The first time I tried sushi, was in Hollywood
California in 1986. It was in a sushi bar right off of Sunset Strip. A friend and I went in and immediately met this seemingly wealthy real estate mogul. We ordered a few items as suggested by the stranger. We walked away chalking the experience up to trying out something we had wanted to do for a long time.
The next time I tried sushi was many years later when a friend ordered it for our group while eating at the Hibachi Steak House in Huntington. This time, it was the Maguro or raw tuna on rice. I loved it and have been eating it ever since.
The misconception is that sushi is only raw fish. This is not true. Many items are deep fried, such as the soft shelled crab and many of the rolls. The peppered tuna is actually seared before it is sliced very thinly and many of the rolls are actually vegetarian.
What most people don’t realize is that in grading fresh fish, sushi quality is the absolute highest quality fish you can buy. So you are not eating just any raw fish, but some of the highest quality fish that the ocean can provide. Because of the cost of this fish it is rushed to the sushi table as quickly as possible having taken every precaution in keeping it fresh. As for the raw fish, I’m not big on the sea urchin, octopus or the mackerel but I sometimes have waking dreams of tuna.
The Japanese believe that raw fish provides energy. After eating sushi I always feel satisfied but not full and sleepy like with my other love, pasta and I truly do get a rush of energy after a meal of sushi. But what I love more than the wonderful tastes of sushi is the complex textures of the food. While sushi is comparatively new to me, the techniques of preparation and the various ingredients of these dishes have evolved over hundreds of years. The reason this food is good is not by accident. There is a reason for the roe lightly coating the outside of your roll, there is a reason that they place cucumber in the squid salad, and there is method in the madness of the use of sesame seeds.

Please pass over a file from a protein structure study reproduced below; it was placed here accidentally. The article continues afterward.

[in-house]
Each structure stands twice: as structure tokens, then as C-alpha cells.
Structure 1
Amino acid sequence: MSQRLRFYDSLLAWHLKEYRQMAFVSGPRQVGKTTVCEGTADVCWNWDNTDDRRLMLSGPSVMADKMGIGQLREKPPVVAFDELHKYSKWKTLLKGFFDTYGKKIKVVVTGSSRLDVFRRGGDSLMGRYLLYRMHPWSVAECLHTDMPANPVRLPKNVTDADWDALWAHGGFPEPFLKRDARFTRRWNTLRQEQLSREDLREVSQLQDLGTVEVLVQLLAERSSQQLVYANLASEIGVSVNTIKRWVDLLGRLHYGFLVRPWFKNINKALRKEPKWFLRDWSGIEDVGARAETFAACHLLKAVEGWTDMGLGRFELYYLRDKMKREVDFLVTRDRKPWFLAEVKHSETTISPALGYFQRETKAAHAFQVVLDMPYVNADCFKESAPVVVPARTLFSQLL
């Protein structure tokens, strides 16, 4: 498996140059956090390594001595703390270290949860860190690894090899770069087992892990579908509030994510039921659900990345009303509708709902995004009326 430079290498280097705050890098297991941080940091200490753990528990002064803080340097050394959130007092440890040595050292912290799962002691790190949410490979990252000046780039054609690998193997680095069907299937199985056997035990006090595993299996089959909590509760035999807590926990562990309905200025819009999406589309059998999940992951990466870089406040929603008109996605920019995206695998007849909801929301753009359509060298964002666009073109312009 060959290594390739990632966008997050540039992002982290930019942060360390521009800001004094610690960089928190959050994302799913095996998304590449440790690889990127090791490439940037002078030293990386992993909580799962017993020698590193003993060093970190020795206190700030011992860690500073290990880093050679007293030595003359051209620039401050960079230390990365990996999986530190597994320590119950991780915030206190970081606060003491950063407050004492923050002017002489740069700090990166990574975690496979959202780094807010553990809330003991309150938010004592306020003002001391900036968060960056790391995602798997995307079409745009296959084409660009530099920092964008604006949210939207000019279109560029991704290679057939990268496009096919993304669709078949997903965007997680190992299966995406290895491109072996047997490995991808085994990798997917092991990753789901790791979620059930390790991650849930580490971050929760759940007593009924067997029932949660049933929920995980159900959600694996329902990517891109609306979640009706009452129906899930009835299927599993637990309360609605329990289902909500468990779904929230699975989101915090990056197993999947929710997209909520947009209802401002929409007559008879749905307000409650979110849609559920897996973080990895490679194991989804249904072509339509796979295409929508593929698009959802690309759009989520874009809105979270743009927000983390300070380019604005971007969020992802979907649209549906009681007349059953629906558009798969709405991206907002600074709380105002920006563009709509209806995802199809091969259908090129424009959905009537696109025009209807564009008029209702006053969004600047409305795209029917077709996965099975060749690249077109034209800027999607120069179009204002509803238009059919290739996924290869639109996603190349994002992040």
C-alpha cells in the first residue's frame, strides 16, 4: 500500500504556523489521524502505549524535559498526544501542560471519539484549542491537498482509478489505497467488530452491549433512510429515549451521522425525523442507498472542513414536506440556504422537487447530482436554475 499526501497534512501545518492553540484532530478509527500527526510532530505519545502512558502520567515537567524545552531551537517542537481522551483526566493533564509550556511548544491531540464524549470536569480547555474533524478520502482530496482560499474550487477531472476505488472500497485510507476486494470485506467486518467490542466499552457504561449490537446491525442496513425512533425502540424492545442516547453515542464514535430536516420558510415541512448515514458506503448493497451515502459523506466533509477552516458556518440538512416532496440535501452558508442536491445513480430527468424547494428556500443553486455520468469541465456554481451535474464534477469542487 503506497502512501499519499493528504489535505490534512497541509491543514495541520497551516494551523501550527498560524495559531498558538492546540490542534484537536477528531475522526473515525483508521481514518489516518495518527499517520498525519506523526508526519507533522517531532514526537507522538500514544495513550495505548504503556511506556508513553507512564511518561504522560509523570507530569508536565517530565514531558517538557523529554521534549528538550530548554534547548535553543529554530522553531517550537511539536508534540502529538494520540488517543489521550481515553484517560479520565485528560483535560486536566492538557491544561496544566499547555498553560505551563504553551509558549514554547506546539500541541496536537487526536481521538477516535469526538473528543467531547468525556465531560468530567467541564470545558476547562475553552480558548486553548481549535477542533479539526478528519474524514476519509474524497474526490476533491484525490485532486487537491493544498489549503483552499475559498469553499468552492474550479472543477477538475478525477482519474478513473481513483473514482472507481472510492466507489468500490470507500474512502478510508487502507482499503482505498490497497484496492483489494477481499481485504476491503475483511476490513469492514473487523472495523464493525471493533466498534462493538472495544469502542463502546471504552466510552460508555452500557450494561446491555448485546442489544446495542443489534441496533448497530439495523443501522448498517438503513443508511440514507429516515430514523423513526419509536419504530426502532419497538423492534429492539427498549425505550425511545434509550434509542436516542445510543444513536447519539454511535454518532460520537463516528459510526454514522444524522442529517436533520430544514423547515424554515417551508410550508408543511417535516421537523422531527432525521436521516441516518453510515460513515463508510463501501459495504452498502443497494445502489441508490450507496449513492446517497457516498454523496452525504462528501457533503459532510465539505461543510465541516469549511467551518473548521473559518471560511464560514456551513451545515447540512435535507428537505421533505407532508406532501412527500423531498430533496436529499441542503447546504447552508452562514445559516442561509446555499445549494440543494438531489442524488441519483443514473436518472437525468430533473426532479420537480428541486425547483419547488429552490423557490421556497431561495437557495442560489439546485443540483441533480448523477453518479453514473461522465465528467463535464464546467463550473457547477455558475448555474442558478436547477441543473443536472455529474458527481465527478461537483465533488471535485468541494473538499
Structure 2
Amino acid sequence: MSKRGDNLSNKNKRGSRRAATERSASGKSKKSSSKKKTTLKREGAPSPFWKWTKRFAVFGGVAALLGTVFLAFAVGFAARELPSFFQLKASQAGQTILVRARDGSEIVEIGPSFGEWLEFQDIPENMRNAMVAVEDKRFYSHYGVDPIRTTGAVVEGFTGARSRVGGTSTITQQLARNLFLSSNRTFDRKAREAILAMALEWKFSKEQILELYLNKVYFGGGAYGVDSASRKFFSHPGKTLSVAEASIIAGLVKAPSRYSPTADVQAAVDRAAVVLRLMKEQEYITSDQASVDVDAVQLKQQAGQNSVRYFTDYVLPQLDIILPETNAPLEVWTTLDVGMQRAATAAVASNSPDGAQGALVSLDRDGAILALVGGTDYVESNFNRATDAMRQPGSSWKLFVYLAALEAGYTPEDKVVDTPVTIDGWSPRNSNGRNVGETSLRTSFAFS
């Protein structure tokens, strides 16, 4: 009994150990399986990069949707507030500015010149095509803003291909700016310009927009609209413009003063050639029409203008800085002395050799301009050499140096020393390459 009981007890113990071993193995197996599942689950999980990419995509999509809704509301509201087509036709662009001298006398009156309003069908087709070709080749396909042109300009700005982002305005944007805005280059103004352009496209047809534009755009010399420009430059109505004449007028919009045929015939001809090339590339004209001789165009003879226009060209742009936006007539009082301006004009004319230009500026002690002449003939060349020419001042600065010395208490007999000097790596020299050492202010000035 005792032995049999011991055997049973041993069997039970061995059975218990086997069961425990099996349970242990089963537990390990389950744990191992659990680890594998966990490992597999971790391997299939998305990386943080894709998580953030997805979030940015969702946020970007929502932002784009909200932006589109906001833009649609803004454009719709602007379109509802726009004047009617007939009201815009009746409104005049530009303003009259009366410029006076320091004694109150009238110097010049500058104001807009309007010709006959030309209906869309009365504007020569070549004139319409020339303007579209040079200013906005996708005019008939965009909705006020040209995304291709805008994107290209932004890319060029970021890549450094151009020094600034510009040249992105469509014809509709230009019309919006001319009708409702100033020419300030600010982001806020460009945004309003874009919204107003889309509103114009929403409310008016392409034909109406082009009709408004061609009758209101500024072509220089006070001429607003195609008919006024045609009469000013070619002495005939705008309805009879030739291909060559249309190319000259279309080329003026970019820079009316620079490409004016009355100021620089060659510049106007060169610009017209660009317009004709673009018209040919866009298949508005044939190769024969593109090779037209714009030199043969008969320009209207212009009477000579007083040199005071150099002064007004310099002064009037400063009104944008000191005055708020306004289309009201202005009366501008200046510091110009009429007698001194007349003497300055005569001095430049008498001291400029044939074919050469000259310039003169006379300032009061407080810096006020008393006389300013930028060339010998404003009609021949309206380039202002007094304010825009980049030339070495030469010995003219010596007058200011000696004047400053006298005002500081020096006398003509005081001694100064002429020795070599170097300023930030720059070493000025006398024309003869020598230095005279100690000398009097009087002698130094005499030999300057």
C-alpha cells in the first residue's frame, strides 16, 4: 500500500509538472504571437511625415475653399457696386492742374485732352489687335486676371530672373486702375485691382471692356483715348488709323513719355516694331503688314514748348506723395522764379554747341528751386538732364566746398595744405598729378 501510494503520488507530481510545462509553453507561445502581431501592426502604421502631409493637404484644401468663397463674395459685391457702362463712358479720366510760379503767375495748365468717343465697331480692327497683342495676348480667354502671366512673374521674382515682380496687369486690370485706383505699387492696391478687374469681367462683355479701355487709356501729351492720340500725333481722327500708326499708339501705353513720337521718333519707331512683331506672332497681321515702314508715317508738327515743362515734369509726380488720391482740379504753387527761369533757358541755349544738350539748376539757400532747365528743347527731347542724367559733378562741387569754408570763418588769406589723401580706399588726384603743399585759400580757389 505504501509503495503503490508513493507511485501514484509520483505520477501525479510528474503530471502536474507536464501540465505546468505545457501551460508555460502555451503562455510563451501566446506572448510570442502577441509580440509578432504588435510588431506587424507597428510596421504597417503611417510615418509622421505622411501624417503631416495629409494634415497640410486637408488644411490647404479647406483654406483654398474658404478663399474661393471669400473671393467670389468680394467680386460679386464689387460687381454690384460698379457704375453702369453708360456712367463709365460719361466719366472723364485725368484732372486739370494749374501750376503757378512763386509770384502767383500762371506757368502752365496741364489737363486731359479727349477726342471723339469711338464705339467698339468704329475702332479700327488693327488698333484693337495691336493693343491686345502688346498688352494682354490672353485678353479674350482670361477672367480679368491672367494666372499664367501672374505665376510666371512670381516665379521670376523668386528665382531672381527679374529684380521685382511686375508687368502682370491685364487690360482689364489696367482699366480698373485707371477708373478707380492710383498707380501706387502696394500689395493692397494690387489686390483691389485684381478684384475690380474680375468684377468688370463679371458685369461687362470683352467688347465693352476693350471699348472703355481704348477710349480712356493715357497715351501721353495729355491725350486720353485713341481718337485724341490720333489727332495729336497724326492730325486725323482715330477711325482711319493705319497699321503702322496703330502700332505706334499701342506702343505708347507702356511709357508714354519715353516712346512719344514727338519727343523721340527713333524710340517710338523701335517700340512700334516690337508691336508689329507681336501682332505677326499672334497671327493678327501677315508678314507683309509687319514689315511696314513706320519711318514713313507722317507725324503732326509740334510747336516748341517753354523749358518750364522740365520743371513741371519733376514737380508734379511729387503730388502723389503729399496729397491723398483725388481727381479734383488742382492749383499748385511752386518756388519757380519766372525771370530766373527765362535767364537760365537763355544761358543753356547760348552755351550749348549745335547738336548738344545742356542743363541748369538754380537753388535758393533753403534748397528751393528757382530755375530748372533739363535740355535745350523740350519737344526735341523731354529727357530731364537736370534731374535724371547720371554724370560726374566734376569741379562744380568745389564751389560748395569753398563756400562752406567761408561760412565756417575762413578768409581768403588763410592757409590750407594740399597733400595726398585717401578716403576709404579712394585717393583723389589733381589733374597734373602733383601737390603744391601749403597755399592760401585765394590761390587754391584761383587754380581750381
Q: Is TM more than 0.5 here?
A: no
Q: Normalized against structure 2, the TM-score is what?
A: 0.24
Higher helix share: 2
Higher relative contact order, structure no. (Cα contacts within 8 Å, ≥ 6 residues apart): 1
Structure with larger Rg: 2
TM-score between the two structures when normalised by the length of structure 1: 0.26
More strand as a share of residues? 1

I alone have converted at least twenty would be meat eaters to the world of sushi. People who turned up their noses and made funny faces now eagerly await their next opportunity to crack their new chop sticks apart and wisk their wasabi in the small saucer of soy sauce.
This is my advice. First, while at work daydream as much as possible about food, eat a light lunch and try and do as little actual work as possible. When your boss is not looking, try picking up things on your desk with a pair of chop sticks for practice. In the afternoon, make a personal call to your significant other and tell them that you are taking them out to eat tonight. After work, it is important to first make sure your children, if applicable, are fed and provided for. Then go stand by the bathroom door impatiently awaiting the emergence of your significant other. This part is tricky. You have to hurry them along without passing the point of aggravating them so much that there will be no dinner conversation. It can be a tenuous line and it moves, so be careful.
Now then, point your car in the direction of the nearest sushi eating establishment. Drive fast. If you get a ticket, it’s ok, it will be worth it. As you enter the establishment, look at the sushi chef and say in very clear words “Chow Sabadi Bau”, then smile. He will smile back not having any idea about what you just said because he is neither Japanese nor Laotian. But he will think you actually may have a clue why you are there. Once you have his attention, ask him what is good today. If he says sea urchin, make an ugly face and find a seat quickly.
If it is your first time, order the squid salad and maybe the soy pods. You eat the soy pods by putting the entire thing in your mouth and pulling out the seeds. For your entrÃ?Â©e, order a California Roll (vegetarian), Magura (raw tuna), and Eel and Cucumber (cooked).
First mix the soy sauce and wasabi (the green stuff), to taste, dip the morsel and place the entire thing in your mouth. Then close your eyes and experience the taste but also the complex textures of this wonderful food.
As you leave, put a couple of bucks in his tip jar. This is in addition to your server tip, and say politely; “Deolay Chow High”. He won’t know what this means either. If possible learn the chef’s name and call him by name the next time you visit. There is an eighty percent chance his name will be Joe. If all this is done correctly you not only will have a great meal, but during your next visit you will appear to be very cosmopolitan.